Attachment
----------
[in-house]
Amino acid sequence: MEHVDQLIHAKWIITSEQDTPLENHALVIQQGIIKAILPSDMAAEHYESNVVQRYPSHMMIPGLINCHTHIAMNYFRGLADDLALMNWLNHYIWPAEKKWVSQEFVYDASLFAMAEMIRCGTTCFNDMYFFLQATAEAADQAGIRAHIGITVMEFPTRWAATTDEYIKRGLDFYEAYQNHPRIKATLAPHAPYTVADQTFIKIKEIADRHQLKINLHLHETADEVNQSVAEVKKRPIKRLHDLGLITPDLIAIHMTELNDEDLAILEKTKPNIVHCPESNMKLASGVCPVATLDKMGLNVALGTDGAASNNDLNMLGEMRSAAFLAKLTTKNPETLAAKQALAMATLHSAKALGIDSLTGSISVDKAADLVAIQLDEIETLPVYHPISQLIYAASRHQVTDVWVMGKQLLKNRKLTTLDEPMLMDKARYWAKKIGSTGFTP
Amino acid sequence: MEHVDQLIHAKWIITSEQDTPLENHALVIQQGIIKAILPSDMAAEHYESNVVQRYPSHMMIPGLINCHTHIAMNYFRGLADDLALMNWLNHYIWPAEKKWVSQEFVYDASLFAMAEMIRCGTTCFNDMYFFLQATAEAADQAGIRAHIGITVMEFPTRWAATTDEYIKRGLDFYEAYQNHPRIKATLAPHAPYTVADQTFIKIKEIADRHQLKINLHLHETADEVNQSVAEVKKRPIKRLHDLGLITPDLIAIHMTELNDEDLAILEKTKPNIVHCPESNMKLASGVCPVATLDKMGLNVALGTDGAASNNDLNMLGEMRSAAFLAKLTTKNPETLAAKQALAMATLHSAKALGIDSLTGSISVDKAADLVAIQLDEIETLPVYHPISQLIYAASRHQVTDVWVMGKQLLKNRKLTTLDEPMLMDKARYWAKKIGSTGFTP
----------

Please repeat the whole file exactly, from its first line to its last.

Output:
[in-house]
Amino acid sequence: MEHVDQLIHAKWIITSEQDTPLENHALVIQQGIIKAILPSDMAAEHYESNVVQRYPSHMMIPGLINCHTHIAMNYFRGLADDLALMNWLNHYIWPAEKKWVSQEFVYDASLFAMAEMIRCGTTCFNDMYFFLQATAEAADQAGIRAHIGITVMEFPTRWAATTDEYIKRGLDFYEAYQNHPRIKATLAPHAPYTVADQTFIKIKEIADRHQLKINLHLHETADEVNQSVAEVKKRPIKRLHDLGLITPDLIAIHMTELNDEDLAILEKTKPNIVHCPESNMKLASGVCPVATLDKMGLNVALGTDGAASNNDLNMLGEMRSAAFLAKLTTKNPETLAAKQALAMATLHSAKALGIDSLTGSISVDKAADLVAIQLDEIETLPVYHPISQLIYAASRHQVTDVWVMGKQLLKNRKLTTLDEPMLMDKARYWAKKIGSTGFTP
Amino acid sequence: MEHVDQLIHAKWIITSEQDTPLENHALVIQQGIIKAILPSDMAAEHYESNVVQRYPSHMMIPGLINCHTHIAMNYFRGLADDLALMNWLNHYIWPAEKKWVSQEFVYDASLFAMAEMIRCGTTCFNDMYFFLQATAEAADQAGIRAHIGITVMEFPTRWAATTDEYIKRGLDFYEAYQNHPRIKATLAPHAPYTVADQTFIKIKEIADRHQLKINLHLHETADEVNQSVAEVKKRPIKRLHDLGLITPDLIAIHMTELNDEDLAILEKTKPNIVHCPESNMKLASGVCPVATLDKMGLNVALGTDGAASNNDLNMLGEMRSAAFLAKLTTKNPETLAAKQALAMATLHSAKALGIDSLTGSISVDKAADLVAIQLDEIETLPVYHPISQLIYAASRHQVTDVWVMGKQLLKNRKLTTLDEPMLMDKARYWAKKIGSTGFTP